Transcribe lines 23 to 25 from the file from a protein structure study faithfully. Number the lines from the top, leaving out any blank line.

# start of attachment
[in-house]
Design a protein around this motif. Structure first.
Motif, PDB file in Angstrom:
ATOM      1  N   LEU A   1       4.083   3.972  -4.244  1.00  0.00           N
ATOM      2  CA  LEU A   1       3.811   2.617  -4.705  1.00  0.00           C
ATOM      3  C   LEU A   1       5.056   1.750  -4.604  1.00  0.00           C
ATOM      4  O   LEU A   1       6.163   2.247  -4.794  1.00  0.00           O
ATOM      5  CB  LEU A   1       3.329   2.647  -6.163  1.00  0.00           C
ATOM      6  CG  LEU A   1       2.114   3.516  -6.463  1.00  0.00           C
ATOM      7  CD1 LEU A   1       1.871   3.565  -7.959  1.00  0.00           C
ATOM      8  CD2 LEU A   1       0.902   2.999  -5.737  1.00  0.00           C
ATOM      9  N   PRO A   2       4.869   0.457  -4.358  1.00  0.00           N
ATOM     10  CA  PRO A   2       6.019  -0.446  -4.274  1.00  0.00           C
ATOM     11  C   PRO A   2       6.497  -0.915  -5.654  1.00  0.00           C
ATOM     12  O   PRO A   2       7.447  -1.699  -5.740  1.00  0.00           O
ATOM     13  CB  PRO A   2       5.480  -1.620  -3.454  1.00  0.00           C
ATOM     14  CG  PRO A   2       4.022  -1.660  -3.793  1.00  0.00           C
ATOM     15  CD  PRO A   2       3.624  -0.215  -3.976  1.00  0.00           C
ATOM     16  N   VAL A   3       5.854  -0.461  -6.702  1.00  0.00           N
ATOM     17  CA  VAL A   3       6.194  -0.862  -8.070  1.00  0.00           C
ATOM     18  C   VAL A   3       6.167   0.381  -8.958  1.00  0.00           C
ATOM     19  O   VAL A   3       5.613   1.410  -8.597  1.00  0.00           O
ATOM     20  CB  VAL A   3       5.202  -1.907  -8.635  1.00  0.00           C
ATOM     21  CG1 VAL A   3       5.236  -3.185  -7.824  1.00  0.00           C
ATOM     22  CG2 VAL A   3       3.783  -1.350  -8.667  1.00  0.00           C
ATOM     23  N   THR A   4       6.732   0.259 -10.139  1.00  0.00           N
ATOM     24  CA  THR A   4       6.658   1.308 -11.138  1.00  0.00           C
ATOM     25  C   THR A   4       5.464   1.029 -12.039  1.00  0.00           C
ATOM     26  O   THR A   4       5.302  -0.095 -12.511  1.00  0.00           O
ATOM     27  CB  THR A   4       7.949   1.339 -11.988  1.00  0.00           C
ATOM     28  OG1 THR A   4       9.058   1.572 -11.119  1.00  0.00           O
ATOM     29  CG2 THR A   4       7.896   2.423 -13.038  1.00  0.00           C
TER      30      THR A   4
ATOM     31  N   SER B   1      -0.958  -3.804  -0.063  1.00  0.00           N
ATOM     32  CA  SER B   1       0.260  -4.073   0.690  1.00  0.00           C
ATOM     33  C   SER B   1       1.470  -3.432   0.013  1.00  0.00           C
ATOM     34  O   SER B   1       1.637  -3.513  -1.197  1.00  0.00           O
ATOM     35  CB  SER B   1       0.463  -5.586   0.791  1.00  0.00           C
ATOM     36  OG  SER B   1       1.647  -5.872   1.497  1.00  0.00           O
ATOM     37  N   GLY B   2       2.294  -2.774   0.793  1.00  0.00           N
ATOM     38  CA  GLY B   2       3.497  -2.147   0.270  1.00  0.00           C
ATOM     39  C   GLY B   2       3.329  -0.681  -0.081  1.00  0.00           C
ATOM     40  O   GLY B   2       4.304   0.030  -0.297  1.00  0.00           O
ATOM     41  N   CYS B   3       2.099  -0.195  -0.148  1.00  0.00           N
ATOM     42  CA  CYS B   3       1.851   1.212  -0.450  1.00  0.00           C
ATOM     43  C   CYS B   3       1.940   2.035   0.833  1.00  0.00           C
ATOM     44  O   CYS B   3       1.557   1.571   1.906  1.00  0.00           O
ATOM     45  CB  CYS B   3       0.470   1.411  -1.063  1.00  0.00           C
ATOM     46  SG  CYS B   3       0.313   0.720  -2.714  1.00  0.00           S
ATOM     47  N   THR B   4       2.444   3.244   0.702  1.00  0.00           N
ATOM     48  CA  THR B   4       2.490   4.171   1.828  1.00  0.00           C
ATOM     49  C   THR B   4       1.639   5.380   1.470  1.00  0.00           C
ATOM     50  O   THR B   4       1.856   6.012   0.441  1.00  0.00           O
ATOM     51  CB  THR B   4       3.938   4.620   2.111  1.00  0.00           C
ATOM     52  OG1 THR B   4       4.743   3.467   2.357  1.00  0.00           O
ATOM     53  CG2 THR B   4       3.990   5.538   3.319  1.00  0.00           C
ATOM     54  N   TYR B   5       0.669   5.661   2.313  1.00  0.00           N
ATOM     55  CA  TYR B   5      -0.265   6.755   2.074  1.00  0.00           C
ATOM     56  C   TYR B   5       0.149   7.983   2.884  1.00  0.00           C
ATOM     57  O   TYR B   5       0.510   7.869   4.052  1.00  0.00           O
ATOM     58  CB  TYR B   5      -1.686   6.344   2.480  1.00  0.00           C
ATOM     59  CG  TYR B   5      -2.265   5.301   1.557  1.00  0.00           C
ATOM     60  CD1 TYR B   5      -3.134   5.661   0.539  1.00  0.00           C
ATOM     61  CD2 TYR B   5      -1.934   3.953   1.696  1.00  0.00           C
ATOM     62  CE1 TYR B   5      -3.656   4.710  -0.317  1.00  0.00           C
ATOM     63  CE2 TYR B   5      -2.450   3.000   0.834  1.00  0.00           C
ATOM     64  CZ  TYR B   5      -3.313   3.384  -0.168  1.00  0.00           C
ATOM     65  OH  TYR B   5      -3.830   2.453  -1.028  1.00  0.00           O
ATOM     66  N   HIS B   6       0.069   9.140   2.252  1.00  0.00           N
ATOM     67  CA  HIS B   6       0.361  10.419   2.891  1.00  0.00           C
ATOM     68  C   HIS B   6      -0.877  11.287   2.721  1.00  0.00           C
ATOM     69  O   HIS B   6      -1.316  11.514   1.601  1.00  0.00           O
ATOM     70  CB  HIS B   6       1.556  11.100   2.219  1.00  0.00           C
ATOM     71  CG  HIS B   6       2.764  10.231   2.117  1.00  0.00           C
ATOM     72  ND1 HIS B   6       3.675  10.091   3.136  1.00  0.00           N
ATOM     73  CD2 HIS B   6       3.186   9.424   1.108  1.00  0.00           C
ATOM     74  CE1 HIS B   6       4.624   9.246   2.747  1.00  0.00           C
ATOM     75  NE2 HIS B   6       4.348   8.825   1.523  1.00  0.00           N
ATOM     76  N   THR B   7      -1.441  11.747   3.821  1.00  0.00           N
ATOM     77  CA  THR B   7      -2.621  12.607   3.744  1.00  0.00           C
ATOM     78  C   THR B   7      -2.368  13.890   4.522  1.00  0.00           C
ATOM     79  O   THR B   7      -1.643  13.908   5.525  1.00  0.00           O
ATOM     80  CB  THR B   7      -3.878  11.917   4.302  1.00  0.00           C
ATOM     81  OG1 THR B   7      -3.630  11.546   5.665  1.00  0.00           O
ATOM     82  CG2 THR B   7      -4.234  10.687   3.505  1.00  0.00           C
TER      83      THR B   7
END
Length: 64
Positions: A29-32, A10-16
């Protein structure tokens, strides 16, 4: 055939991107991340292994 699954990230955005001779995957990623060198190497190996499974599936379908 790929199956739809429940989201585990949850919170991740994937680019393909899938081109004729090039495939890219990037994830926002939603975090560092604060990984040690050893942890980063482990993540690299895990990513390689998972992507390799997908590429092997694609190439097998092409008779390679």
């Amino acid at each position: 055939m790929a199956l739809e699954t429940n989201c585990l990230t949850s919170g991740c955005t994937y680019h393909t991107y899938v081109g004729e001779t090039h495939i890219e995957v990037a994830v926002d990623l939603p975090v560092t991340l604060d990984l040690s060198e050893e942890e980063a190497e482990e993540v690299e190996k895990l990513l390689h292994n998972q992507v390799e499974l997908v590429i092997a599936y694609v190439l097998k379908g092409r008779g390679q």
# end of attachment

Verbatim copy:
ATOM     20  CB  VAL A   3       5.202  -1.907  -8.635  1.00  0.00           C
ATOM     21  CG1 VAL A   3       5.236  -3.185  -7.824  1.00  0.00           C
ATOM     22  CG2 VAL A   3       3.783  -1.350  -8.667  1.00  0.00           C